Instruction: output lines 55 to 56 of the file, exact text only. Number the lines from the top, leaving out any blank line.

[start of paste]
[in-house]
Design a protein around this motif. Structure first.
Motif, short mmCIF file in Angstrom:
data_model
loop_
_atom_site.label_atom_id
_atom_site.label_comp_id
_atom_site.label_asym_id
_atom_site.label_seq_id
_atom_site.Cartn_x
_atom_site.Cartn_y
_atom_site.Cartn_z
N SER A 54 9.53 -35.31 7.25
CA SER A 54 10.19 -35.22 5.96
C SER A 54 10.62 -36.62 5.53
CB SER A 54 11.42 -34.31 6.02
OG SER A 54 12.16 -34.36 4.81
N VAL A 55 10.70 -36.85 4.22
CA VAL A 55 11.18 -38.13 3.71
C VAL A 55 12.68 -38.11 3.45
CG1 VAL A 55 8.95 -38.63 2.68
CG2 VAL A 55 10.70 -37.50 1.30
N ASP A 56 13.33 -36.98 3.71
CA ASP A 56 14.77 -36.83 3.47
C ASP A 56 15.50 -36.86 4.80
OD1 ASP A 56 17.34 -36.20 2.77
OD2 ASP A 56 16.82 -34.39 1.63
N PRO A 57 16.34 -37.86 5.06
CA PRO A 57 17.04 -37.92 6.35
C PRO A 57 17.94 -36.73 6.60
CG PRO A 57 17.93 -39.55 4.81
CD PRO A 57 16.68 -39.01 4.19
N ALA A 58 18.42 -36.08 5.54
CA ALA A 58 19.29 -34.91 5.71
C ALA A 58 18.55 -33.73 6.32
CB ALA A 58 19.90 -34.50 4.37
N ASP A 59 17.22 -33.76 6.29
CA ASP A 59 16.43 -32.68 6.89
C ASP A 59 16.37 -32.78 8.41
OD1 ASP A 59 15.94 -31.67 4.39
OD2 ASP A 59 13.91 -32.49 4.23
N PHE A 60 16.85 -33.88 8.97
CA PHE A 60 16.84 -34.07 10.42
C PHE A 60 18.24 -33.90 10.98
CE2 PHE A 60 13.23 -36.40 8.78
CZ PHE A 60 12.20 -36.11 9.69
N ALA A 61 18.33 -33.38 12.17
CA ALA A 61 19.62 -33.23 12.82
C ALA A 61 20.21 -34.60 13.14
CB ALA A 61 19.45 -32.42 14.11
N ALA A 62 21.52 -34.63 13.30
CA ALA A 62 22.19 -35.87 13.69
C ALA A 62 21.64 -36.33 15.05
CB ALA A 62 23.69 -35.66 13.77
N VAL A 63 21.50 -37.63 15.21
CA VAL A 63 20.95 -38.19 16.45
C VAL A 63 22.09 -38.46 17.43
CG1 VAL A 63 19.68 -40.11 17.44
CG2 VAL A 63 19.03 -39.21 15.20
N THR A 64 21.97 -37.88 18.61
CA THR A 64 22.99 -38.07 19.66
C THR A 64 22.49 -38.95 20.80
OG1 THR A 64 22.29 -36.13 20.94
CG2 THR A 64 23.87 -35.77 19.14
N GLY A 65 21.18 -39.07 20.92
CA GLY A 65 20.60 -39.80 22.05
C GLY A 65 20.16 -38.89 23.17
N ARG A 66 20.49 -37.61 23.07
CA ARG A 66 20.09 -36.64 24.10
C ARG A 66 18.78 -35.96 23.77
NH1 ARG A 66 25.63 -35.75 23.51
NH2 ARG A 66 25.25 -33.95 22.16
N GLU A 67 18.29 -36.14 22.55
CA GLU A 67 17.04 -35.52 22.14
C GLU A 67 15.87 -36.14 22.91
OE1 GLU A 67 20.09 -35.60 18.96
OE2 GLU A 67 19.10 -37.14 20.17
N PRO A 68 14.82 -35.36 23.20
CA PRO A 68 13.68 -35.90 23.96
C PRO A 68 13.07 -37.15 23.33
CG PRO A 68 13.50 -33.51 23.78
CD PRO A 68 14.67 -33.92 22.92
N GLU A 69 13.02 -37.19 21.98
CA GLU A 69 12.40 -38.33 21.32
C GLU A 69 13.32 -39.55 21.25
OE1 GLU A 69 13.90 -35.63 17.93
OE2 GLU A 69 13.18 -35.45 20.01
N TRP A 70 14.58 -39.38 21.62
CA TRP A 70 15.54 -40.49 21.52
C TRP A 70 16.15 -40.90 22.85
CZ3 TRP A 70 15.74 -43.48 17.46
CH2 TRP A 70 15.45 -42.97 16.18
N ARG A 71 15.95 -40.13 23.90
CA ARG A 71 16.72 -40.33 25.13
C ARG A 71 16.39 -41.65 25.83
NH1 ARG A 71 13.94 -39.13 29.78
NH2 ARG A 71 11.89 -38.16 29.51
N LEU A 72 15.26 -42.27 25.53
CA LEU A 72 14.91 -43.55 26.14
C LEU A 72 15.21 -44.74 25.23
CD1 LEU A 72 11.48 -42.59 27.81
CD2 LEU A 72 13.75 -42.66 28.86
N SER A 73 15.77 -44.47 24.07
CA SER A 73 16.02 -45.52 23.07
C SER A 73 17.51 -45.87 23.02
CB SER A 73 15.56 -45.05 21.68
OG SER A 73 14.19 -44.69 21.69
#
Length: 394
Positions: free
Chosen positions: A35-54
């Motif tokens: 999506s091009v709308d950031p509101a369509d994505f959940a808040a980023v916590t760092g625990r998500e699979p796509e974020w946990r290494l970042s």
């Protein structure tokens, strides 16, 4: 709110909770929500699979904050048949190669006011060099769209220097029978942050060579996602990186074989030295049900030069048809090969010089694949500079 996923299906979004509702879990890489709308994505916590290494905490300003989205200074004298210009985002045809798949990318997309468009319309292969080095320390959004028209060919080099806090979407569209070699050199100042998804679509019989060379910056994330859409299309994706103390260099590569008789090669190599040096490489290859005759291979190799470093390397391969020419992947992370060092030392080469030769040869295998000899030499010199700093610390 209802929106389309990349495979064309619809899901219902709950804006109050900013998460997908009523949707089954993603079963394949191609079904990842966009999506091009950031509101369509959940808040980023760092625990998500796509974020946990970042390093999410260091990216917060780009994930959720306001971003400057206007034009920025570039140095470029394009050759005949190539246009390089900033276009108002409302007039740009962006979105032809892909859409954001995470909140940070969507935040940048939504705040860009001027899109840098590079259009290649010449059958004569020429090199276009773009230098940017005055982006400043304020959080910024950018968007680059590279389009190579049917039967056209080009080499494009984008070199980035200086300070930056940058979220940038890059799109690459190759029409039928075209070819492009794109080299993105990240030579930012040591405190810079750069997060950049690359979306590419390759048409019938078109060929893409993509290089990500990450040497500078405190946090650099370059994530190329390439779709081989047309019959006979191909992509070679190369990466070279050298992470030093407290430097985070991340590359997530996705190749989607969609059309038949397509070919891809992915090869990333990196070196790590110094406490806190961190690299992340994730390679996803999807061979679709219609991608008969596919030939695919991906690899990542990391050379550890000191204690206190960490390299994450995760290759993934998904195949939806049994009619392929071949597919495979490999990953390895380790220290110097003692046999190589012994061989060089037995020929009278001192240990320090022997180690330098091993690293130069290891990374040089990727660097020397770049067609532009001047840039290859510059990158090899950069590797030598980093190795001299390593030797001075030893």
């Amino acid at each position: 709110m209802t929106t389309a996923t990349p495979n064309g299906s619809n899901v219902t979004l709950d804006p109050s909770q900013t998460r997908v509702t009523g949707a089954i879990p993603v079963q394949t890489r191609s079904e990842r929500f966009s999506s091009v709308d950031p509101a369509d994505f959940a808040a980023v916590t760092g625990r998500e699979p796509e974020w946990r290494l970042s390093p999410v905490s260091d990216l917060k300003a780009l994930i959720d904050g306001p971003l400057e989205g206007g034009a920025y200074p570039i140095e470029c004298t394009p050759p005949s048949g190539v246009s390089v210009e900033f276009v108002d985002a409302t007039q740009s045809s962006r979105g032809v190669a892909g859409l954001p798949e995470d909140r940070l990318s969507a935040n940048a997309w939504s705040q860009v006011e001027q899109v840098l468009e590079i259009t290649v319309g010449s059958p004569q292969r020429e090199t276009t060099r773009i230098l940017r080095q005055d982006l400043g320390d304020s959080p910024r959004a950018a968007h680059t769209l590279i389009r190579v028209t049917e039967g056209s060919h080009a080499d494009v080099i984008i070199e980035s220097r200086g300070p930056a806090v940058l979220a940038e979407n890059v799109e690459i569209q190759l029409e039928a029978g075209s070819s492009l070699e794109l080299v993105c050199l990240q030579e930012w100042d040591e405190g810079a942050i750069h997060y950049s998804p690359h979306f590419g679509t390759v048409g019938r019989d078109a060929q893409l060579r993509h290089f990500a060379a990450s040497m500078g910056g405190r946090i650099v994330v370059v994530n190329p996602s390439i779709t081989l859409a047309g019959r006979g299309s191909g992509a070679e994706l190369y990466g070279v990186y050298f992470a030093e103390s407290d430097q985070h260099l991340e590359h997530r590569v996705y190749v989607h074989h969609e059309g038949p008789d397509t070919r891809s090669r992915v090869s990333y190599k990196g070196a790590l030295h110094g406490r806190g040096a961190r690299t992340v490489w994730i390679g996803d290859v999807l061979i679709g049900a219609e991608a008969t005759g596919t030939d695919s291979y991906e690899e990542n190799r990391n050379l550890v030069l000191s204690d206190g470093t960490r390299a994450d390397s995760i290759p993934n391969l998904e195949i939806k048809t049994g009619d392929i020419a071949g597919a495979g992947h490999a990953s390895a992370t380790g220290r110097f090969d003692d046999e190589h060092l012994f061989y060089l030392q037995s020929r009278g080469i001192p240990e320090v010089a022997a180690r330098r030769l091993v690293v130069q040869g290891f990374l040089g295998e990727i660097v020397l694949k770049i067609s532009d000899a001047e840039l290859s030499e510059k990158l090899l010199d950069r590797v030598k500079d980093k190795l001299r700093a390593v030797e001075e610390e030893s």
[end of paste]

N VAL A 63 21.50 -37.63 15.21
CA VAL A 63 20.95 -38.19 16.45